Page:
Wednesday, April 18, 2012 Spring has SPRUNG!

Seward, Alaska Sporadic Bird Report

Sunrise 6:29 am, sunset 9:25 pm, length of day 14 hours, 56 minutes; tomorrow will be 5 minutes and 25 seconds longer.

Weather: A beautiful, clear sunny day despite the forecast to the contrary. Temps in the high 30s to mid 40s, with a south breeze still packing a bit of a nip. 

Yesterday's succession of rain showers did bring spring concealed in their gray, ponderous curtains. First thing this morning, I heard a new, sparrow-type birdsong sung by 3 males in the 'hood. Strange but oddly familiar. I tracked one down and sure enough, found a very handsome "red" interior race FOX SPARROW. This is not "our" fox sparrow, whose dialect is quite different. This subspecies will keep moving north to their breeding grounds.

A ROBIN burst forth in full song towards the top of a nearby cottonwood tree, surrounded by a host of swelling buds. Our winter robins disappeared for a couple months; I think this is a new migrant.

Many spring surprises awaited at the beach: the single BONAPARTE'S GULL, many dozens of MALLARDS, GADWALL, NORTHERN PINTAILS, GREEN-WINGED TEAL, several AMERICAN WIGEON pairs and two pairs of EURASIAN WIGEON. New for the year was a pair of handsome NORTHERN SHOVELERS.

Amid the squeaking of the wigeons, metallic "chink" of the teal, complaining "quack" of the mallards, and incessant cries of the gulls, I heard a high, "chip, chip, chip!" followed by a rasping rattling cry. I searched the blue sky and soon found 9 ARCTIC TERNS, the top gun hot shots, cruising gracefully along the beach, acting as if they had never left. Their 11,000 mile journey behind them, they seemed ecstatic to be home. Several terns, I assume males, proudly carried little gifts of sticklebacks to court their sweeties. The tiny fish looked stunned and none too pleased that the terns had returned.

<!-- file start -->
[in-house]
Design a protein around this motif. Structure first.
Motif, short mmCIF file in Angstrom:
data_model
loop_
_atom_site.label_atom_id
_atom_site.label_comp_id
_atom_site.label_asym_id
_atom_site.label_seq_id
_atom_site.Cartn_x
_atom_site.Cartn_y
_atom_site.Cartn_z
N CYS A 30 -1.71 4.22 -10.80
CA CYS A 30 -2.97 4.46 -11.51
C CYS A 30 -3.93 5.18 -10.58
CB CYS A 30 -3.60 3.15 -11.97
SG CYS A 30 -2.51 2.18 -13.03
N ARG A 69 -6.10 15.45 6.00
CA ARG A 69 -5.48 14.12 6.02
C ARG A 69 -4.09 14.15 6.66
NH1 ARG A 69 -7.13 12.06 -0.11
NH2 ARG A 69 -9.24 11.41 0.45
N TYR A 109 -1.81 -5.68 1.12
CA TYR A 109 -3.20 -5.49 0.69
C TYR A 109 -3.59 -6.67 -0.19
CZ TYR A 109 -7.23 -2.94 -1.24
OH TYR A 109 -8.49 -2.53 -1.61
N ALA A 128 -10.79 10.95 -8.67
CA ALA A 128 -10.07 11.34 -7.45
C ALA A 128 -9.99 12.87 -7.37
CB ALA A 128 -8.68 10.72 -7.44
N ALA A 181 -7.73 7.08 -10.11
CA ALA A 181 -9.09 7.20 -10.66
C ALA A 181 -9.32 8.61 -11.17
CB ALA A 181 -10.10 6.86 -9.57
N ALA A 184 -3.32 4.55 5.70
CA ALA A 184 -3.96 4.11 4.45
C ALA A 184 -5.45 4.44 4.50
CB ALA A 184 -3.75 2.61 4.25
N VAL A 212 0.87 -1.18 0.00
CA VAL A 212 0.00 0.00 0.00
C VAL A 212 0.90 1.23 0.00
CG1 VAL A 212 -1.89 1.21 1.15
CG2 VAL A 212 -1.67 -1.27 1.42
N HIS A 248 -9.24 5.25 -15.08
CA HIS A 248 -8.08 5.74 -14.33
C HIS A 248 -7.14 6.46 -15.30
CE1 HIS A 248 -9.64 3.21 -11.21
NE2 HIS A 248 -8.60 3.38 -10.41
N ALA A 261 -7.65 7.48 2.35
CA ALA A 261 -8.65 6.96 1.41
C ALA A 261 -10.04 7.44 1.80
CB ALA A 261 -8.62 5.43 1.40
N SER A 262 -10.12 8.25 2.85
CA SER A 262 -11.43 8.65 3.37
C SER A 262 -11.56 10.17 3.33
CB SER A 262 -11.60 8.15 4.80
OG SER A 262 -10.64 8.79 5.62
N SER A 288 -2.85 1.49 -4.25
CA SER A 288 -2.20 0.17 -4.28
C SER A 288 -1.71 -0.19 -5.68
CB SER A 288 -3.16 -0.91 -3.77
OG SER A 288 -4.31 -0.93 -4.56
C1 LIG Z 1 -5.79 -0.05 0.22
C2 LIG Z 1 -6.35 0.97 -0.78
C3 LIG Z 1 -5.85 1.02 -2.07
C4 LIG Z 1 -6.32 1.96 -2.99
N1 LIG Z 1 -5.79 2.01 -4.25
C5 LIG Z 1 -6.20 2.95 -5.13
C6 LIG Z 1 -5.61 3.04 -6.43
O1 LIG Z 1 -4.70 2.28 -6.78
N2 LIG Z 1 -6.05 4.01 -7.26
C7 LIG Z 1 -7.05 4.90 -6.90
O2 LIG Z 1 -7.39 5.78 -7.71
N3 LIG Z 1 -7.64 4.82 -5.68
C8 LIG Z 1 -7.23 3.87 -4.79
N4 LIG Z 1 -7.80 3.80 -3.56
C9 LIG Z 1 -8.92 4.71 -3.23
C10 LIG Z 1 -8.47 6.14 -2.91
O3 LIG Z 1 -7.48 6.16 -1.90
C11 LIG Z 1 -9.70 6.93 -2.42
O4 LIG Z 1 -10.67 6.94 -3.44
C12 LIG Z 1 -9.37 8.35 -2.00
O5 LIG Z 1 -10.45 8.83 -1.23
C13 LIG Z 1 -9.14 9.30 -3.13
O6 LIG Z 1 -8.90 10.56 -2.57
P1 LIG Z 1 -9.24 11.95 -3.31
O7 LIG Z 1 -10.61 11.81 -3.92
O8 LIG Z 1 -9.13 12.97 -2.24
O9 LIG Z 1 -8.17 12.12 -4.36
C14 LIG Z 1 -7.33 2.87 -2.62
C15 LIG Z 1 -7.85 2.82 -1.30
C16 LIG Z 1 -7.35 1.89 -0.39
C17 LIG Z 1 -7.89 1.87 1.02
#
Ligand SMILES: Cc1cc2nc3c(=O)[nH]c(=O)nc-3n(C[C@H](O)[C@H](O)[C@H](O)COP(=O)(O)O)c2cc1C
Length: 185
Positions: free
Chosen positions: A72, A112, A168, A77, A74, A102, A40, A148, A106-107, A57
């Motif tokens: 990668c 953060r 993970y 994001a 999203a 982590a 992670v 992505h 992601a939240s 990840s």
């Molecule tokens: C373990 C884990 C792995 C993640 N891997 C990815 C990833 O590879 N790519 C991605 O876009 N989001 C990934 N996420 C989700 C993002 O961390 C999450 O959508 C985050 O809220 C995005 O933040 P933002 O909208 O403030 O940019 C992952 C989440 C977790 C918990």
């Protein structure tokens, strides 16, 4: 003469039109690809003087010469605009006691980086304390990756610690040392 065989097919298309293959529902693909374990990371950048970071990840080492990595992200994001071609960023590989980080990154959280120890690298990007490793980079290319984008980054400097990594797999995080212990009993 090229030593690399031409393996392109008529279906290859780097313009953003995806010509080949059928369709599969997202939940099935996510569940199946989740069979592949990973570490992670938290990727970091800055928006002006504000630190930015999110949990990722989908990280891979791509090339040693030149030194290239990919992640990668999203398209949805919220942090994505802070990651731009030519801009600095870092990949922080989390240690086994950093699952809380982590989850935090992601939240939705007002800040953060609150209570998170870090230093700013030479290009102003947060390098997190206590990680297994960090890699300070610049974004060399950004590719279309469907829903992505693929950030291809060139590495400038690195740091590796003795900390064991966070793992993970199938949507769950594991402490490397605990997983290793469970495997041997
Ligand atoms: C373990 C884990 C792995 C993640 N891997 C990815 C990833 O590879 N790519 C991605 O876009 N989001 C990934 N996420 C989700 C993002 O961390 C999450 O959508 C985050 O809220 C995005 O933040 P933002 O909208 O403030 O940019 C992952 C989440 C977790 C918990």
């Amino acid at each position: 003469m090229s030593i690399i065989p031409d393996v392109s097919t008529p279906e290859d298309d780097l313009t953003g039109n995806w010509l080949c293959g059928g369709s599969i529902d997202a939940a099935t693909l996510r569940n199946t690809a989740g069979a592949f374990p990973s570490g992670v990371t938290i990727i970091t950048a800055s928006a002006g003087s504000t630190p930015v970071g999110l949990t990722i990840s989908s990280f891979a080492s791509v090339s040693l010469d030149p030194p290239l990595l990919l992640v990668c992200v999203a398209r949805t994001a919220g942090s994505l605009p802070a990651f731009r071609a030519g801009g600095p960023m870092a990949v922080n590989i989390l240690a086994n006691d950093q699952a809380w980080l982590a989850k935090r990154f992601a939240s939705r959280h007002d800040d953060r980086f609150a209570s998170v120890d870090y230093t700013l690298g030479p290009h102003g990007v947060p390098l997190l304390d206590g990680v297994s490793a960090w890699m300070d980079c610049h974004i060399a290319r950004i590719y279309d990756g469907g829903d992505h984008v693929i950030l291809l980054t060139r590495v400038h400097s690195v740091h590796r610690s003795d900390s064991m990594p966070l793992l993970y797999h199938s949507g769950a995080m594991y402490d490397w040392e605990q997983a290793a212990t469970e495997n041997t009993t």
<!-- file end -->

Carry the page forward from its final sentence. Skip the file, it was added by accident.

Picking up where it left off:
At low tide, I was amazed to see two first of season TRUMPETER SWANS resting in the middle of the tide flats. The pond, where they would probably much rather be, is still frozen with only a small lead of open water. The ducks are jammed up in the bay too, waiting for the pond to open.

As I was leaving and almost back to the car, I heard a soft "honk." I whirled around, looking everywhere for the source. Yikes! The two swans flew right overhead! What an incredible sight! I hope they find a nice, quiet, open pond or maybe the Kenai River at Cooper Landing to spend the night.

I have not yet had the pleasure of seeing Sandhill Cranes though the first flock was reported flying over Bear Lake on April 16th, and a few more flocks yesterday and today. And I am still waiting to see and hear the first geese: Snow, Canada and Greater White-fronted. But I am NOT complaining! This was a fantastic spring day!

Happy Birding!
Carol Griswold
Seward Sporadic Bird Report Reporter

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